By Sue Shellenbarger
I've always known my kids use digital communications gear a lot. But my cellphone bill last month really grabbed my attention.
My son had racked up nearly 2,000 incoming text messages, and had sent nearly as many. That means he was having more than 60 two-way communications via text message every day. Of course, he was out of school for the summer and communicating more with friends from a distance. Nevertheless, I had to wonder how he found time to hold down a summer job and complete a college course in between all that typing with his thumb.
I was even more surprised to learn that my son is normal. Teenagers with cellphones each send and receive 2,272 text messages a month on average, Nielsen Mobile says.
Some experts lament that all that keyboard jabber is making our kids stupid unable to read nonverbal cues such as facial expressions, gestures, posture and other silent signals of mood and attitude. Unlike phones, text messaging doesn't even allow transmission of tone of voice or pauses, says Mark Bauerlein, author of a book called "The Dumbest Generation: How the Digital Age Stupefies Young Americans and Jeopardizes Our Future."
States are cracking down on drivers who text, and rightly so. My son doesn't text while driving, and we have discussed the dangers. (This graphic public service announcement, which has recently gone viral on YouTube, highlights just how dangerous texting while driving can be.)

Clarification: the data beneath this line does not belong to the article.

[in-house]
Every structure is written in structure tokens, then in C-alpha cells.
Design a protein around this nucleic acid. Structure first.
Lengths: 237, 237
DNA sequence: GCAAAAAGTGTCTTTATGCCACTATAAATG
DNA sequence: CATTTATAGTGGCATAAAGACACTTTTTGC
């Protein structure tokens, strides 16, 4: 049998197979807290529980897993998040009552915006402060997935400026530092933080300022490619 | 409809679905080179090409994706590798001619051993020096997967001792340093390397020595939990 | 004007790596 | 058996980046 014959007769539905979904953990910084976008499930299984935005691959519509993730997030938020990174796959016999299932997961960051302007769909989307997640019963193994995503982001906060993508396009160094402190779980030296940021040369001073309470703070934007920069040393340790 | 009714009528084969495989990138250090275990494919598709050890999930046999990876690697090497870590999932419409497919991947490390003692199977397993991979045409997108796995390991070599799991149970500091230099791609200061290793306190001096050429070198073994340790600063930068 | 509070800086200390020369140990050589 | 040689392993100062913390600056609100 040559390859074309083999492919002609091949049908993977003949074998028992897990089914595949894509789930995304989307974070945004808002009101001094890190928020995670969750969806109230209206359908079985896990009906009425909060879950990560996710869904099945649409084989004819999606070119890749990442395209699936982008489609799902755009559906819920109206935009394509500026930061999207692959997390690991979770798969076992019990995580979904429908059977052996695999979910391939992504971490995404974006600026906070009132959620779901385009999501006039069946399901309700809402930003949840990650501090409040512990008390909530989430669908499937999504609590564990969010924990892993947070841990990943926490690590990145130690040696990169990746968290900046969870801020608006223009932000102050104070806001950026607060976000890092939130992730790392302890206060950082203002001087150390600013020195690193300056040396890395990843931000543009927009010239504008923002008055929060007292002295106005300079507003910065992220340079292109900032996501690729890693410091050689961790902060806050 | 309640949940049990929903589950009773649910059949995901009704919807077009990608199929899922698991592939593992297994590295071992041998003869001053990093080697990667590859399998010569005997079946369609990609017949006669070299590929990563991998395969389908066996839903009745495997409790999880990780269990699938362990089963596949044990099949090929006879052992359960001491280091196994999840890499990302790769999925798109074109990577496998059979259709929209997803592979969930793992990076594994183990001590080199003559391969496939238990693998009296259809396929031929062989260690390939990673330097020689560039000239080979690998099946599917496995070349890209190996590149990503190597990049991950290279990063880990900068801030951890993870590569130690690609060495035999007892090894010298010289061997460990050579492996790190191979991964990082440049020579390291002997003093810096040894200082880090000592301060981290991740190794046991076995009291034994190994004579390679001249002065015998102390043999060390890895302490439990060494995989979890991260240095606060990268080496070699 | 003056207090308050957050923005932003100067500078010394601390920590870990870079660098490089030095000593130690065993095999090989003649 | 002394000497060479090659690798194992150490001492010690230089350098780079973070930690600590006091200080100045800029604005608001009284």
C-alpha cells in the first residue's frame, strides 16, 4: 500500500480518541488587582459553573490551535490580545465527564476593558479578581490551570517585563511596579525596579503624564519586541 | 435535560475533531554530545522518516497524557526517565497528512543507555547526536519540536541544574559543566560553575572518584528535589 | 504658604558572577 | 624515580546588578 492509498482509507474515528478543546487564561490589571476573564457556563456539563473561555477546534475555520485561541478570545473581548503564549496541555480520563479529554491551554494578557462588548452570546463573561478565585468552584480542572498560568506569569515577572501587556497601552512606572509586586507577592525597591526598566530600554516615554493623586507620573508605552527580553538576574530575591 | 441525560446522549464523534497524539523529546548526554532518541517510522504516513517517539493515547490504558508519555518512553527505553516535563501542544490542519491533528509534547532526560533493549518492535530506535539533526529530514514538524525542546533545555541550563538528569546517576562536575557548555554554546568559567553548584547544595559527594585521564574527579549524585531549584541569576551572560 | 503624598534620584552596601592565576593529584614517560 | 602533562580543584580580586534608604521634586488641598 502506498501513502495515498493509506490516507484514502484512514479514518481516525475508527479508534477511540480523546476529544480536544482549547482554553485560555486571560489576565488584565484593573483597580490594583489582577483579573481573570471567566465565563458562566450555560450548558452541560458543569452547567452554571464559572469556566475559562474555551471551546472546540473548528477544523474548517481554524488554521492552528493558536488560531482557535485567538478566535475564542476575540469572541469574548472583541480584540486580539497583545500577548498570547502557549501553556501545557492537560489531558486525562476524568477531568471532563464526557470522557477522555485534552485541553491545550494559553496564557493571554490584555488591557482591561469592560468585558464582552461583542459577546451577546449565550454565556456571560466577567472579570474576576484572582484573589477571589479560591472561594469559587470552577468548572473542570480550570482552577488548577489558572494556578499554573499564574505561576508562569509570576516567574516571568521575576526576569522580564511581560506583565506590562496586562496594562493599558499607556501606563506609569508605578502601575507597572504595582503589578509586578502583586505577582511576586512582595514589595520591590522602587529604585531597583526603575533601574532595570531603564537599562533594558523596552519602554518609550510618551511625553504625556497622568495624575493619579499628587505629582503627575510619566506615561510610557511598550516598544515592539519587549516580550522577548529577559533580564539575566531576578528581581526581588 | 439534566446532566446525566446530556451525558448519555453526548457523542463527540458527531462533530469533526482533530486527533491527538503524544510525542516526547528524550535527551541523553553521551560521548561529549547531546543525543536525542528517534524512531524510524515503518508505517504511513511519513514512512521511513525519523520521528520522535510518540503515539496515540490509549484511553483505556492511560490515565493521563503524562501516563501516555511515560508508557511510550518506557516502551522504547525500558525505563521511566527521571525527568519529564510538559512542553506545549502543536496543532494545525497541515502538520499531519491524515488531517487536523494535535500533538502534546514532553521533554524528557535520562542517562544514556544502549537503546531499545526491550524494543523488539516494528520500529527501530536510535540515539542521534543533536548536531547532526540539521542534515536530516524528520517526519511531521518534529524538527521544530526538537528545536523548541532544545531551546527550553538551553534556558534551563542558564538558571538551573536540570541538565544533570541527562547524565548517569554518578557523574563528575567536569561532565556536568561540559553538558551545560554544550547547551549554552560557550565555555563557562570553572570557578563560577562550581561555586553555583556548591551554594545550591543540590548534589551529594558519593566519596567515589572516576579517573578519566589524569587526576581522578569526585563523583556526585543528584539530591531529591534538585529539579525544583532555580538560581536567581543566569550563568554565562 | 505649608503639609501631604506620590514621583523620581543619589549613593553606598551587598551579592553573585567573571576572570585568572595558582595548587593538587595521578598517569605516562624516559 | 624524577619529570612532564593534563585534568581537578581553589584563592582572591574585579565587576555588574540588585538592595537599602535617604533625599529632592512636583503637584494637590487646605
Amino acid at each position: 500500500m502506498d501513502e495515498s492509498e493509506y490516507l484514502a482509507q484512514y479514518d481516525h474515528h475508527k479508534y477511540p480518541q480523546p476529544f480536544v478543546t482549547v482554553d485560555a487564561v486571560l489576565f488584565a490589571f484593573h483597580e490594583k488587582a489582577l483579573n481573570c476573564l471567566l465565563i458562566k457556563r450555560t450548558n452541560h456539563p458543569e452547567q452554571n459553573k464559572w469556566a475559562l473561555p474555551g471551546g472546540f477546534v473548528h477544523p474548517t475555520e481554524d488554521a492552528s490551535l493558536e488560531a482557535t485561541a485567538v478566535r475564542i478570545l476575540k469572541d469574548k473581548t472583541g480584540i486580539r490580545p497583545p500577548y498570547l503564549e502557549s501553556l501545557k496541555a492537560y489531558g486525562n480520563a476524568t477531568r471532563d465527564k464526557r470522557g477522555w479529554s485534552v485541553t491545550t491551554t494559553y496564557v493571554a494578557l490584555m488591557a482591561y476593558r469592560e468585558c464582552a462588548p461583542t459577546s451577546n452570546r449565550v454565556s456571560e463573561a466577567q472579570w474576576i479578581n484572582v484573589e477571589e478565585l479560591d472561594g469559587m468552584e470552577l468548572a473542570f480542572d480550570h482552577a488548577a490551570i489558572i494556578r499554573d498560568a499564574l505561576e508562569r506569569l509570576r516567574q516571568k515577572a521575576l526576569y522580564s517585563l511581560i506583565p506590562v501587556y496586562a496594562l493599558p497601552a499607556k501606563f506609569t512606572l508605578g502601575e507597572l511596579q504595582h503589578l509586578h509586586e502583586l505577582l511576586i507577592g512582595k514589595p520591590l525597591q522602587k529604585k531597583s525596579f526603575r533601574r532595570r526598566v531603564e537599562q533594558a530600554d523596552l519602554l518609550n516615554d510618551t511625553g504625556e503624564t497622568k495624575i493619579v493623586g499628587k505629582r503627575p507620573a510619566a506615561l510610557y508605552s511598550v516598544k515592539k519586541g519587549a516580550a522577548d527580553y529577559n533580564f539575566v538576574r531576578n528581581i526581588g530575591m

Beyond that, though, I'm not sure I see as much harm as critics of this trend. I've posted before on how I initially tried to curb my kids' texting. But over time, I have seen my son suffer no apparent ill effects (except a sore thumb now and then), and he reaps a big benefit, of easy, continuing contact with many friends. Also, the time he spends texting replaces the hours teens used to spend on the phone; both my kids dislike talking on the phone, and say they really don't need to do so to stay in touch with friends and family.
Does texting make kids stupid? I don't think so. It may make them annoying, when they try to text and talk to you at the same time. And it may make them distracted, when buzzing text messages interrupt efforts to noodle out a calculus problem or finish reading for school.
But I don't see texting harming teens' ability to communicate. My son is as attuned to nonverbal cues as any older members of our family. If anything, I have found him more engaged and easier to communicate with from afar, because he is constantly available via text message and responds with a faithfulness and speed that any mother would find reassuring.